With a thriving financial services sector and a safe and reliable place to do business, the British Virgin Islands is important not only as one of the UK’s Overseas Territories but as a partner to the City of London.
Under the BVI constitution, responsibilities are shared between the elected Government, led by me as premier, and the governor appointed by the UK. This unusual structure has, at times, created tensions between the two parts of government, but until earlier this year any issues have been managed between the parties.
In January 2021, the outgoing governor of the Virgin Islands, Augustus Jaspert called a Commission of Inquiry (CoI) to look into whether corruption, abuse of office or other serious dishonesty may have taken place amongst public, elected and statutory officials in recent years. This was done under a 19th century piece of legislation and without communication or consultation with the elected government.
Despite our concern about how the CoI was established, the government and its officials have co-operated and engaged with it, sharing over 100,000 documents and dedicated over 100 hours to public hearings, often called with little notice. Having reached the CoI’s six-month deadline, the Commission is yet to find any evidence of corruption, abuse of office or other serious dishonesty.
The response has not been to wind it up, but to double down, granting a six-month extension, without any consultation or clarity on the schedule for investigation. This has been done at a time when the Government and its public officials are grappling with our most dangerous Covid-19 outbreak since the beginning of the pandemic coinciding with the start of the Caribbean Hurricane season. It is perhaps unsurprising that there is concern within these islands at what is seen as an unnecessary and unwise diversion of scarce time and resources.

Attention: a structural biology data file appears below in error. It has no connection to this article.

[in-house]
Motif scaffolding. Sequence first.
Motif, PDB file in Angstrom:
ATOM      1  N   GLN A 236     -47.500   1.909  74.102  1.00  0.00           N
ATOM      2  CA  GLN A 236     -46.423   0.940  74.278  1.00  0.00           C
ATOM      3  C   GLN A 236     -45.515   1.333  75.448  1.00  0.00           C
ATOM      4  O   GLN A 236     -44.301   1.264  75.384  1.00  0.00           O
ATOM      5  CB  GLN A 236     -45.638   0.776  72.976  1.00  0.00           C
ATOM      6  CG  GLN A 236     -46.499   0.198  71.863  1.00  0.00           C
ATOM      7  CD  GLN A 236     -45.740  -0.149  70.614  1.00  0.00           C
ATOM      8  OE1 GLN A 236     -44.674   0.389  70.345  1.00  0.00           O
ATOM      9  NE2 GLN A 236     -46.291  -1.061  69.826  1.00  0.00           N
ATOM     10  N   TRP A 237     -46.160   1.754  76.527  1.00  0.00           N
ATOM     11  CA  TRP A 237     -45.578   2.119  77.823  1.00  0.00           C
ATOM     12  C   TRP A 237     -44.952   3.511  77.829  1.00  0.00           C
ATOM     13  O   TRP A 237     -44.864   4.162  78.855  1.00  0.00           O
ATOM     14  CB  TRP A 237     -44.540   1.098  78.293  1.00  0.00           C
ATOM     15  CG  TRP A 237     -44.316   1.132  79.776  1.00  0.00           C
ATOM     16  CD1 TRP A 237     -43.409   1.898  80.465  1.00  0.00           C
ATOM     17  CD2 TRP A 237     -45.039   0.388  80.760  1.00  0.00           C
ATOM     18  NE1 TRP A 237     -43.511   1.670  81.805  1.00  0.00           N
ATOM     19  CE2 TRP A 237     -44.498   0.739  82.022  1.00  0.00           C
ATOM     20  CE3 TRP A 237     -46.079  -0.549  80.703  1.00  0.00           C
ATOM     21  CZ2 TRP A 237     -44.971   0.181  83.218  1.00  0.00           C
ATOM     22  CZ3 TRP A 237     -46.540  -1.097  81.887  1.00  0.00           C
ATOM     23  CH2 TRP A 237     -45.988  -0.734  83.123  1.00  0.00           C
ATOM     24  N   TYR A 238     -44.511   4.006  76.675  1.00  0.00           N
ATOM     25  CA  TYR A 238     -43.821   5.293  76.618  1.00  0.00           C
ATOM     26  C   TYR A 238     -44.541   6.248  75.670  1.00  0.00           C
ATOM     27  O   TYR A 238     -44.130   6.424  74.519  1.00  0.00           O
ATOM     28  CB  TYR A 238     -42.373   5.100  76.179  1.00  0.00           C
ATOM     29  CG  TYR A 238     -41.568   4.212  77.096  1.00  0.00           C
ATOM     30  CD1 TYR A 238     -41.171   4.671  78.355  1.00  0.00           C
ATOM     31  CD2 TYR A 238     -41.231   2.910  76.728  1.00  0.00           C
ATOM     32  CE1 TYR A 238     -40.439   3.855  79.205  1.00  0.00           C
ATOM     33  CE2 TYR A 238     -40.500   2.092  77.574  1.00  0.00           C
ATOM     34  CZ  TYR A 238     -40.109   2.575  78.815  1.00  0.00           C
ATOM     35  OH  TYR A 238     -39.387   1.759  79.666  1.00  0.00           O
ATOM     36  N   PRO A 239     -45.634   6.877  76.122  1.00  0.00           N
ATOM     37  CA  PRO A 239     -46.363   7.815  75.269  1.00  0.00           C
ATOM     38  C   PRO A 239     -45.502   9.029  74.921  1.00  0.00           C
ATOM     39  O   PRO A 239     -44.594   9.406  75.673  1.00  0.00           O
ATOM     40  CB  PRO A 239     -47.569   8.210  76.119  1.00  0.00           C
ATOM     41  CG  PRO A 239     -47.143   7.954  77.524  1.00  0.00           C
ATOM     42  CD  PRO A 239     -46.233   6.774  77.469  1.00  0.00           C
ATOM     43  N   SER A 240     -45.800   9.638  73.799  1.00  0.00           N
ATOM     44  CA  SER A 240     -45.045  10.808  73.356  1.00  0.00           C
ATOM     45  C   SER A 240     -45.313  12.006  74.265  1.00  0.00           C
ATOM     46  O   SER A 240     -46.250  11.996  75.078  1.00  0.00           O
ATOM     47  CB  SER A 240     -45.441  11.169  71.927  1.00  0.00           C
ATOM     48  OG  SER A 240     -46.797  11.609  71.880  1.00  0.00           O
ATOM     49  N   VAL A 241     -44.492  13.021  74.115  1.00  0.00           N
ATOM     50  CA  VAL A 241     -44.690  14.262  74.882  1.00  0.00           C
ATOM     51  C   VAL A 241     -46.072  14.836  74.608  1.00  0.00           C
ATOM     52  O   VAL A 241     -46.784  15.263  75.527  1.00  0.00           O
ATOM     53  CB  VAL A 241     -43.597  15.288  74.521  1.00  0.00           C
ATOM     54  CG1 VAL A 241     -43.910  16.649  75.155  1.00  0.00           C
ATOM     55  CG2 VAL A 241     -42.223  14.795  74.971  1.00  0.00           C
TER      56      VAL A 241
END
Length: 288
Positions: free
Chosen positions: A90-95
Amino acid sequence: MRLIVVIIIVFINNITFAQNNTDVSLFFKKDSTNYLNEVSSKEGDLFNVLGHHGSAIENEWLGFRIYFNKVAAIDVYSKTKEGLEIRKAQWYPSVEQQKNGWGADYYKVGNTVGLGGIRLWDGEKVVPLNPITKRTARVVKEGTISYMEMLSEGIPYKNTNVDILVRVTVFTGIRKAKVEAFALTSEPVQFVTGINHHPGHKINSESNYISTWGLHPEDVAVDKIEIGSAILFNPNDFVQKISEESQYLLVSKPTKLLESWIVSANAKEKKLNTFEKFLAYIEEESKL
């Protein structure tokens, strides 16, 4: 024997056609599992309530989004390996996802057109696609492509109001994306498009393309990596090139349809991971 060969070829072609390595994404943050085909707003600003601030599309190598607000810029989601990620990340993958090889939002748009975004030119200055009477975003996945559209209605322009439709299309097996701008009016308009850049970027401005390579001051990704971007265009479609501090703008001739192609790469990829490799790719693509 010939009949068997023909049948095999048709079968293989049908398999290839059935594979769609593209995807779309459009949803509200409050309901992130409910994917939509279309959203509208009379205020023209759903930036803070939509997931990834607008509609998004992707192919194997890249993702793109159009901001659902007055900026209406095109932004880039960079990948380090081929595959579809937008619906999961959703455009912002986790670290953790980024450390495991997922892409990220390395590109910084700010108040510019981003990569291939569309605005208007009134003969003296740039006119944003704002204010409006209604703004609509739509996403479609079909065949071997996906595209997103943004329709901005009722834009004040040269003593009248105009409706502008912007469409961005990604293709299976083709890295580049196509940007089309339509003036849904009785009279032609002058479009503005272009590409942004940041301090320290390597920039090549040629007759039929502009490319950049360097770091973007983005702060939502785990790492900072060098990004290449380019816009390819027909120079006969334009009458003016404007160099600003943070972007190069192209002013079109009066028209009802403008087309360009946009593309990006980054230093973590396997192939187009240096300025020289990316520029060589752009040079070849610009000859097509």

There is no doubt that, like in the UK, there are improvements that can be made to government and governance in the BVI. Prior to the calling of the CoI the elected Government had introduced a reform package of new legislation to make the jurisdiction and its government even more accountable and transparent. Legislation is currently being read to strengthen anti-money laundering and whistle-blower legislation, facilitate the seizing of proceeds of crime and further strengthening the legislative framework for the Financial Services industry. In turn we call upon the UK to use its experience to support our young country with training, development and capacity building, rather than waste the hard-earned money of UK taxpayers (a sum still undisclosed) on another six months of a CoI.
In order to create a more sustainable governance structure for the BVI, there also needs to be an acknowledgment that the current structure where responsibilities are shared between the governor’s office and elected Government are antiquated and not fit for the 21st century.
Instead, there should a framework that provides a legal definition and associated powers for the Ministries of Government and clear demarcation of roles, responsibilities, and accountability for public servants that serve them or the Governors office.
There should be a modern partnership between the UK and the BVI based on mutual respect and an agreement between equals. Given our shared history and interests, both of us would benefit from a BVI that is supported by the UK as we navigate this next stage of the Covid crisis and emerge stronger, securing a post-pandemic economic recovery, and a financial self-sufficient and well governed Islands.